Nearly a century later my father, Dennis Sanchez, tossed oak logs into the market’s sweltering fires. For him and many others who have called Lockhart home, what drew them to these fires was a support system they had known their whole lives: This restaurant has always been a place for family, and an opportunity to find dignity in hard work.

Shortly after I was born in 1989, my dad found a similar home in the Marine Corps, where he served for 36 years. We began a nomadic life as a military family, moving across the country to one base after another. In 2004, after serving during the Iraq war, my father was decorated with a Purple Heart and a Navy Commendation Medal with Valor.

After he returned from that harrowing experience, I could see that the place that helped center him the most was in front of his Weber kettle grill. There, he could monitor the temperature of a slow-cooking brisket with military precision, and try out new techniques or technology in pursuit of the flavors he had left behind in Texas.

As I got older, he taught me to do the same. In countless lessons over fire and ash, I learned the care and attentiveness necessary to keep a smoker hovering low and slow for hours on end, moving the coals to ensure a steady warmth and narrowing the dampers for optimal airflow. I learned how to trust a pair of tongs over a thermometer to check the doneness of a rack of ribs. Most important, he taught me that the crucial ingredient for truly great barbecue is patience.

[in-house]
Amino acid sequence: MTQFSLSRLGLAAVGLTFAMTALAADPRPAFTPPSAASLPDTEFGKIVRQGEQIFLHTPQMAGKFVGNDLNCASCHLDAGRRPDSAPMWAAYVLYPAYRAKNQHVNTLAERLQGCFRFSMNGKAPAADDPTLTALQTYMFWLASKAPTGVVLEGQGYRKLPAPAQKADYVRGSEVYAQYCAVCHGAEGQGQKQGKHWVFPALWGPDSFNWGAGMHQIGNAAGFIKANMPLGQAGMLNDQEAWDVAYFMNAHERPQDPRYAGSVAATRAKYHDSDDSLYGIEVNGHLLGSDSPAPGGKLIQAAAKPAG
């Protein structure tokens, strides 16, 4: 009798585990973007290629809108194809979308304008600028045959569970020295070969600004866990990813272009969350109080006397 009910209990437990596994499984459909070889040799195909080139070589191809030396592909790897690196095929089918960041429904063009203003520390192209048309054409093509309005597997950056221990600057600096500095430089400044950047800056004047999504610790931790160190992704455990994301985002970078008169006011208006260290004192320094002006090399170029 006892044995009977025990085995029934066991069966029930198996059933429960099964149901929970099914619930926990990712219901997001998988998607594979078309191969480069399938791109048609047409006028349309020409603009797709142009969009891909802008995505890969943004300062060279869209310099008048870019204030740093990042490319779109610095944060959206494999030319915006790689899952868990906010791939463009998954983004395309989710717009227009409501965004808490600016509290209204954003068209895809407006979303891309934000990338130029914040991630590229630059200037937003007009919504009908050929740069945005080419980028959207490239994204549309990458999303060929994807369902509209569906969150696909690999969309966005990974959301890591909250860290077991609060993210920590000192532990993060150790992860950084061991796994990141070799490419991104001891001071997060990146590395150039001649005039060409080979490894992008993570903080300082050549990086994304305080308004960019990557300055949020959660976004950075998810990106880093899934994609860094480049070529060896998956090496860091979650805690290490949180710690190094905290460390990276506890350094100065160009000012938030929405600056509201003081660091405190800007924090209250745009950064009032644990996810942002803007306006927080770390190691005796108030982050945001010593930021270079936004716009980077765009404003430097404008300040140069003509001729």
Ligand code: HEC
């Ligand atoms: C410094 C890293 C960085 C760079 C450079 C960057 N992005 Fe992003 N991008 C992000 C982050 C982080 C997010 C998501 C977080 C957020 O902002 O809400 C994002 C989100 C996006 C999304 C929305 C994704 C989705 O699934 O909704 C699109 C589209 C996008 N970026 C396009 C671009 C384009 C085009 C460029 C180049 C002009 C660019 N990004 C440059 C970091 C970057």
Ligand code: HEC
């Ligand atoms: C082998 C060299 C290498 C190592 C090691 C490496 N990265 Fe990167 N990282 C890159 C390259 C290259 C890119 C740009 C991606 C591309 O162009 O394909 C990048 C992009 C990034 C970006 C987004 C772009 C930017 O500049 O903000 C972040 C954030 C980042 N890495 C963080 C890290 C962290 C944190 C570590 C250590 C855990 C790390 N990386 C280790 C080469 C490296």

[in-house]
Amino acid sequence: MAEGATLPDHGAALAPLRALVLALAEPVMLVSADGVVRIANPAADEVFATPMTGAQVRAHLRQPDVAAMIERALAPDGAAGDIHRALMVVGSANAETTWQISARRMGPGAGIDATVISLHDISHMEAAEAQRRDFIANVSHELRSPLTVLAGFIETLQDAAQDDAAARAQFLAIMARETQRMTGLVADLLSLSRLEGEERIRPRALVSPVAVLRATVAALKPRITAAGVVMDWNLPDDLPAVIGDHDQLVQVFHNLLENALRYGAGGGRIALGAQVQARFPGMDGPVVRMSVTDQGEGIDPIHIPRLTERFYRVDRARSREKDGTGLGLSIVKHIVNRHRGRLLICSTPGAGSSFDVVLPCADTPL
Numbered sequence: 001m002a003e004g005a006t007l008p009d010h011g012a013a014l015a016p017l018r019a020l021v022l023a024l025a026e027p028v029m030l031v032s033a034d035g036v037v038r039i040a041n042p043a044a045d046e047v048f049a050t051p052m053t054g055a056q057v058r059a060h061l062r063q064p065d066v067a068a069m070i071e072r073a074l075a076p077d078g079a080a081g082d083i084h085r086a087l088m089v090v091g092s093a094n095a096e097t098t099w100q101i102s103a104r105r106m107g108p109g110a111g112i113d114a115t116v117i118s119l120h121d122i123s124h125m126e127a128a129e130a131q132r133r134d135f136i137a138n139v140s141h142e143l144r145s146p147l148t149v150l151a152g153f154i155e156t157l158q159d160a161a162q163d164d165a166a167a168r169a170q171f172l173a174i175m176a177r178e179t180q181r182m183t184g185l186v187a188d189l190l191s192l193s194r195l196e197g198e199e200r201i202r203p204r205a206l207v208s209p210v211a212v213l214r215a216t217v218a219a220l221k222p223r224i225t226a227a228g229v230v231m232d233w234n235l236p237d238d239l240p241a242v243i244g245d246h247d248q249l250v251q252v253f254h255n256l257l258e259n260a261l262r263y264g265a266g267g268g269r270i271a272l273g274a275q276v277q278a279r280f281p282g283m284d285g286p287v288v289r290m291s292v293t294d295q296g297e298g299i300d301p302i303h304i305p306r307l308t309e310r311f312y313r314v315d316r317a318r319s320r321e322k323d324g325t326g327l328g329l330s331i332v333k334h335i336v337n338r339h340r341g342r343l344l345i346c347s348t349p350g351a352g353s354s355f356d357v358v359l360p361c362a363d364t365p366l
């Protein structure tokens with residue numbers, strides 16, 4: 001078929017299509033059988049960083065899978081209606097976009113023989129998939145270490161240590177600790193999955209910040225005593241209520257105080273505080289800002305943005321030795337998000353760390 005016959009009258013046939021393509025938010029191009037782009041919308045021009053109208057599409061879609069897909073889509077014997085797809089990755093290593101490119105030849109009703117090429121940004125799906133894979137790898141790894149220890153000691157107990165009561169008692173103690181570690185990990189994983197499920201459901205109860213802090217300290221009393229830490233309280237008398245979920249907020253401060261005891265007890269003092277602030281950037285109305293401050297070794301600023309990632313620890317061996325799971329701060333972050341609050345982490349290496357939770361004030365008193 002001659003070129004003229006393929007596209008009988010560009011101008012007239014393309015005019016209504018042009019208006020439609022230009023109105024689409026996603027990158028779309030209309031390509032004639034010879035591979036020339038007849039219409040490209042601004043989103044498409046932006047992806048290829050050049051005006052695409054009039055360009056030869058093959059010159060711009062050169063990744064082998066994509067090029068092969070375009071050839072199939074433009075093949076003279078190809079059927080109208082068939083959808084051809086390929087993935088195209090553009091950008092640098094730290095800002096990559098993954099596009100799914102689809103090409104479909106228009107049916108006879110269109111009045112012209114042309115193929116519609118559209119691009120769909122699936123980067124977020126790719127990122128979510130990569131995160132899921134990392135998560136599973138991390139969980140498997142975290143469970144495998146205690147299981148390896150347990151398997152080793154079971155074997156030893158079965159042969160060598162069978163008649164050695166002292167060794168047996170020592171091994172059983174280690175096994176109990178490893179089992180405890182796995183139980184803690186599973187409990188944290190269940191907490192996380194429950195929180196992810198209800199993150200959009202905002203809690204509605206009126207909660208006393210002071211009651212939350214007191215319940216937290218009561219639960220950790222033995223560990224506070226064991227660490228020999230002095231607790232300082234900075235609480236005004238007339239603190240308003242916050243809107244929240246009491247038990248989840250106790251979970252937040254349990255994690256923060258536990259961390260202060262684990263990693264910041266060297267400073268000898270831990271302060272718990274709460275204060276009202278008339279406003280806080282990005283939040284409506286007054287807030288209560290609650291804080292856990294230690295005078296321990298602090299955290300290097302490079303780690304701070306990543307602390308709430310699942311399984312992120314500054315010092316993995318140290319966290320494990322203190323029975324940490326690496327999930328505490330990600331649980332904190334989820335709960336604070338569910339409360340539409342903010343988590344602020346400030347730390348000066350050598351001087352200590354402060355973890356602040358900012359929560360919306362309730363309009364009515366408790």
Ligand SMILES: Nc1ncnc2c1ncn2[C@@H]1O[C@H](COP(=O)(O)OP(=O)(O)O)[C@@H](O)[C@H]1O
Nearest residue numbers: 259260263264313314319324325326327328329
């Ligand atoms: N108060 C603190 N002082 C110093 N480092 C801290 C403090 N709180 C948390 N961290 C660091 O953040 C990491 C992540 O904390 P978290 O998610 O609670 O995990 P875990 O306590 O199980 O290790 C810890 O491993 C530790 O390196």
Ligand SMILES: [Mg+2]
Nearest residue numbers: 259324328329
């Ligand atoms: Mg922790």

It wasn’t until last fall, when I brought my two young sons to Lockhart for the first time, that I realized my dad was never just teaching me about barbecue — he was showing me what it takes to be a good father. To learn how to cook barbecue is to learn how to accept failure as an opportunity for growth. And it goes without saying that the most essential ingredient for raising kids is patience.

My father, now a colonel stationed in New Orleans, is nearing 40 years as an active-duty Marine. Back in Lockhart, much has changed. Barbs-B-Q, run by three young women (two of them former vegans), opened last year to accolades from around the country. The original Kreuz smokehouse, where my father worked, is now called Smitty’s Market; the Kreuz name lives on at a newer market less than a mile away.

During my fall visit to Smitty’s, as I adjusted the rubber bib around the neck of my son Félix, his eyes scanned a dining room filled with laughter and conversation. In this smokehouse I had known my whole life, I suddenly took note of something that hadn’t been apparent to me: the many generations of families seated around us, connecting with one another over flavors of the past.

I thought about my father as an infant in this same room, and his father as a baby here many years before him. I tore a small nibble of brisket and passed it to my son’s tiny hands for his first taste of where he comes from.